Early morning milking

Aug 22 2011 0 Comments Tags: cow, milking

I keep forgetting to take photos at milking time because its usually still dark, but we slept in a little the other day, so I was able to take a few photos so that I can explain the process.



As you can see we bought a mini milking machine.  I would have loved to hand milk, it seems so romantic and in touch with nature, but we have tried to hand milk Bella a couple of times, just to see if we could and that made me very glad to have a milking machine instead!  Bella has VERY small teats, you can only wrap a couple of fingers around them, instead of your whole hand, so it makes hand milking very slow (apparently cows are being bred to have smaller teats to suit milking machines, rather than hand milking which is better with longer teats, just another frustrating consequence of industrial farming).  Its also interesting how much dirt and hair ends up in your hand milking bucket.  When we'd finished, I wasn't too confident that the milk was clean, whereas if it get sucked straight from the teats into our milk can, there's not much chance of any contamination.  So its turned out to be a good purchase.

Each morning we get up around 5:30am.  People say that you have to milk at the same time every day, but if you think about a large farm, with 100+ cows, milking may take a couple of hours and in that case each cow would get milked at a different time each day anyway, so I don't think Bella minds if we are half an hour either way (usually late!).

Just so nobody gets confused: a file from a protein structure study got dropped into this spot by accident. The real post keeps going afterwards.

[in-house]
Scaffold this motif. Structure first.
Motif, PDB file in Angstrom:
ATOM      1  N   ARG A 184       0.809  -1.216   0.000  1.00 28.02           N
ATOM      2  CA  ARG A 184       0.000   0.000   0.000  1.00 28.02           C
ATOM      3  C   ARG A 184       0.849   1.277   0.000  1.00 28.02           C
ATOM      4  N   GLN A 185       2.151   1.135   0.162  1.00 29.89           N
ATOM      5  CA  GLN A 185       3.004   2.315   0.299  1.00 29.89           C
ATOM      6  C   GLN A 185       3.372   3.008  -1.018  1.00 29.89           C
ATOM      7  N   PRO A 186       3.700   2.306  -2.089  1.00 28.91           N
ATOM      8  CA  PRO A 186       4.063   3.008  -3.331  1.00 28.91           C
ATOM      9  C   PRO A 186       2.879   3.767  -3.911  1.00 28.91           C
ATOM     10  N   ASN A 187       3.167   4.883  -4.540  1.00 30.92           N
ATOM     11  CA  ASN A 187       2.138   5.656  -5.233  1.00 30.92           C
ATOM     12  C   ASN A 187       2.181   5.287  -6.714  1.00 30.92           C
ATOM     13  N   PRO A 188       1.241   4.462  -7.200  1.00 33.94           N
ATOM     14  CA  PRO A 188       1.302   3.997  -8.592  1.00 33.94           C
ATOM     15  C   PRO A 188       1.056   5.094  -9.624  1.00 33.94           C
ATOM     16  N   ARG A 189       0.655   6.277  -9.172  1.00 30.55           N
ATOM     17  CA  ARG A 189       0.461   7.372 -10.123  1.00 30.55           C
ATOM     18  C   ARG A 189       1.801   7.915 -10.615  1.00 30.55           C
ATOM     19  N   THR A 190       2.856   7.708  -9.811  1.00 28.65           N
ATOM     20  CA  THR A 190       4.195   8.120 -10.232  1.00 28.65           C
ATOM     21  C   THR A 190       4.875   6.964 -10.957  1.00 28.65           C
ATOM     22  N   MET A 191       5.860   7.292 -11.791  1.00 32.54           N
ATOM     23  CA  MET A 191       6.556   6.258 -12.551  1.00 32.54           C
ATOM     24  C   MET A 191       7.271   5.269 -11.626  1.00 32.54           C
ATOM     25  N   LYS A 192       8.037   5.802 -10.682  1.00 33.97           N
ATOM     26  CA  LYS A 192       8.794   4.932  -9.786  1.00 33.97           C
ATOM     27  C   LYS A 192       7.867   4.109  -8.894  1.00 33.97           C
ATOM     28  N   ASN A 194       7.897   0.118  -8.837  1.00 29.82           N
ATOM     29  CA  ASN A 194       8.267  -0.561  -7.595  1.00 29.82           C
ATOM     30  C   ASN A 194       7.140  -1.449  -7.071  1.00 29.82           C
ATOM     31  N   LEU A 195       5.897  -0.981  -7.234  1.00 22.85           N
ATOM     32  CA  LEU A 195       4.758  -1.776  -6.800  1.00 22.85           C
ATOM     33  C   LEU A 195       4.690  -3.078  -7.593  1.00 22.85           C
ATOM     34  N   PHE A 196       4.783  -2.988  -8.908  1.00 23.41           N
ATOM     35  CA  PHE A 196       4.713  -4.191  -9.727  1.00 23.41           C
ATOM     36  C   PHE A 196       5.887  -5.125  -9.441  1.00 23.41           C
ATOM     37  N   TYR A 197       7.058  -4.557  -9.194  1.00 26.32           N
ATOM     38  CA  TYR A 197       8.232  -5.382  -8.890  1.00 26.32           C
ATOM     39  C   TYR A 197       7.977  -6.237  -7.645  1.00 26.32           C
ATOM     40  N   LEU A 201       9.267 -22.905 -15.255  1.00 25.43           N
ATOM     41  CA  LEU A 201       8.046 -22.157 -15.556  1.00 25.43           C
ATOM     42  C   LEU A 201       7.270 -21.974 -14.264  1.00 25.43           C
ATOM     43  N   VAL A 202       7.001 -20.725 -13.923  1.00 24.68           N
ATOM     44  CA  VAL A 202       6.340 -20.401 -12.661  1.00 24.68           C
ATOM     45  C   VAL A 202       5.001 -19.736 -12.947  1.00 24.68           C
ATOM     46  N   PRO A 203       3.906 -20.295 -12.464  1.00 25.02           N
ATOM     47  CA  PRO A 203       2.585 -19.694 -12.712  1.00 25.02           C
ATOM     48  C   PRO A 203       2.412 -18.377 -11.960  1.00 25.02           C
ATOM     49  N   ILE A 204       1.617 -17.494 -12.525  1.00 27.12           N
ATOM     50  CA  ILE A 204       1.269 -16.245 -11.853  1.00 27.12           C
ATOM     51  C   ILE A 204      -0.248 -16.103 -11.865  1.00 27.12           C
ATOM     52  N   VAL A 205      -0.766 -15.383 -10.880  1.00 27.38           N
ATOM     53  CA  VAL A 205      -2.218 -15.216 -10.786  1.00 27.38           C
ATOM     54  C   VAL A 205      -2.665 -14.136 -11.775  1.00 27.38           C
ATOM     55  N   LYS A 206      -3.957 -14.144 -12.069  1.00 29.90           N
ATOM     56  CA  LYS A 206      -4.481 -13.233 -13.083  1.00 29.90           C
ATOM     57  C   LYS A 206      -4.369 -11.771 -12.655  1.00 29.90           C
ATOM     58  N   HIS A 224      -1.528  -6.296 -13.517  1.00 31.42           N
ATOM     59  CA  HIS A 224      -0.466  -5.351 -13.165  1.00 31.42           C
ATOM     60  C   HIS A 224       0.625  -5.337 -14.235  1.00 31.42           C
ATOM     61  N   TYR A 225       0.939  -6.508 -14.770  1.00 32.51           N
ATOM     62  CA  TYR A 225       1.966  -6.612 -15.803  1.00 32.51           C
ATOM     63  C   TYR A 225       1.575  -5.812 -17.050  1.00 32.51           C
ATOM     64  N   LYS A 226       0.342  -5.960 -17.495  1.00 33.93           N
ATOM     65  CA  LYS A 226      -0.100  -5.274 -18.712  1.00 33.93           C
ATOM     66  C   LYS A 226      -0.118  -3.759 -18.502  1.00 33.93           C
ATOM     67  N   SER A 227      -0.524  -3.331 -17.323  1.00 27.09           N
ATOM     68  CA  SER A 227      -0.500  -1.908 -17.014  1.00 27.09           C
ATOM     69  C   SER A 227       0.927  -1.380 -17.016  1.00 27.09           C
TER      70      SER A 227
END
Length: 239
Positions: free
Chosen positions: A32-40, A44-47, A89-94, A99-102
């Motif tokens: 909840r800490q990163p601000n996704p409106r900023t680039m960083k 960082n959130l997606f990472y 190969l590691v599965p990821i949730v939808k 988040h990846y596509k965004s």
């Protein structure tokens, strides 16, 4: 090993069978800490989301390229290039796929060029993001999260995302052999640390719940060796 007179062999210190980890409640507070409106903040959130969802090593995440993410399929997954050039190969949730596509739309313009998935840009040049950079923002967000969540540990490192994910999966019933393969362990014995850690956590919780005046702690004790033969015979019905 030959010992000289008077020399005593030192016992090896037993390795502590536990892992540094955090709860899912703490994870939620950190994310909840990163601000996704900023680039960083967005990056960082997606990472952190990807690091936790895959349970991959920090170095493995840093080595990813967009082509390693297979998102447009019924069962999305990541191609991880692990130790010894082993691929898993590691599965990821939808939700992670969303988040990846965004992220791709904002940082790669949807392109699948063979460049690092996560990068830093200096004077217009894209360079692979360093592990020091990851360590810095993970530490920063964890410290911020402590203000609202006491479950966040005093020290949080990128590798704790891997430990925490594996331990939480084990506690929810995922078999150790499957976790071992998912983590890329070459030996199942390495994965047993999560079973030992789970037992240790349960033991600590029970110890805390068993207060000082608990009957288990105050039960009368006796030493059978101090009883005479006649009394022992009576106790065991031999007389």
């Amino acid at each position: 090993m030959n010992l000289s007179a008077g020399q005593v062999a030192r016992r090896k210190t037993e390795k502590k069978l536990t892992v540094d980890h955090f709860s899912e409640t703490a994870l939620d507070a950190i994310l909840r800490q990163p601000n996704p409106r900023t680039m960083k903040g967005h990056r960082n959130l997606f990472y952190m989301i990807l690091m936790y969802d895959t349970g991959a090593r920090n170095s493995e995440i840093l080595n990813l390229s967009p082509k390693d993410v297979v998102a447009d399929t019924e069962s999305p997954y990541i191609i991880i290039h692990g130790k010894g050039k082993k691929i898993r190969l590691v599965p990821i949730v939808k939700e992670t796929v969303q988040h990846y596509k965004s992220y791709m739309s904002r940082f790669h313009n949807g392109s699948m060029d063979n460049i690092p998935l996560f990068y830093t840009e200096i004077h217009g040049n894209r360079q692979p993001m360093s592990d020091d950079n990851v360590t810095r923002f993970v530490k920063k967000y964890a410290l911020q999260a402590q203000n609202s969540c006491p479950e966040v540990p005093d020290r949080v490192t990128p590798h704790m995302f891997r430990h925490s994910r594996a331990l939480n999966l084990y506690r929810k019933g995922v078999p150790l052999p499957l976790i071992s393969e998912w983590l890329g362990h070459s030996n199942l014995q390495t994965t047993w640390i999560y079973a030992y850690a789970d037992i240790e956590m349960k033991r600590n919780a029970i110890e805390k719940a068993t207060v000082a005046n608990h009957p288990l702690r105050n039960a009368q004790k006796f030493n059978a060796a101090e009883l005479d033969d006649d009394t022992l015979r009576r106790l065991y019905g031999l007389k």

We prepare a bucket of milled grain of Bella food the night before, so we can just grab the food bucket, a bucket with a little hot water in it and the milking machine and take it all down to the milking bales.  Bella is usually waiting by the gate.  For the food, not the milking!  I doubt that any cows actually enjoy milking, unless they have a very full udder, but they all get fed either immediately before, or during, milking, so that's why you see them walking over to the milking shed.

We then wash Bella's teats with warm water and turn on the milking machine.  When the vacuum is established we put the teat cups on Bella's teats and watch the milk being sucked up into the milk can.  When not much milk is coming over we break the vacuum and remove the teat cups.  We tip the milk from the can into a stainless steel bucket via a funnel with a piece of cheese cloth clamped over an in-built filter.  Depending how much milk is in the bucket, sometimes we then pour it into jugs, or just put the whole bucket (with lid) in the fridge.


The milking machine is then cleaned by sucking a bucket of warm water/detergent through the machine (steaming hot water would damage the pump, as does strong chemicals or too much suds).  The clean up for the milking machine is pretty simple, so its really not any more difficult than hand milking.

Bella then gives the rest of her milk to Molly while she eats some hay.

Do you hand-milk or machine-milk or both?  Any advice?


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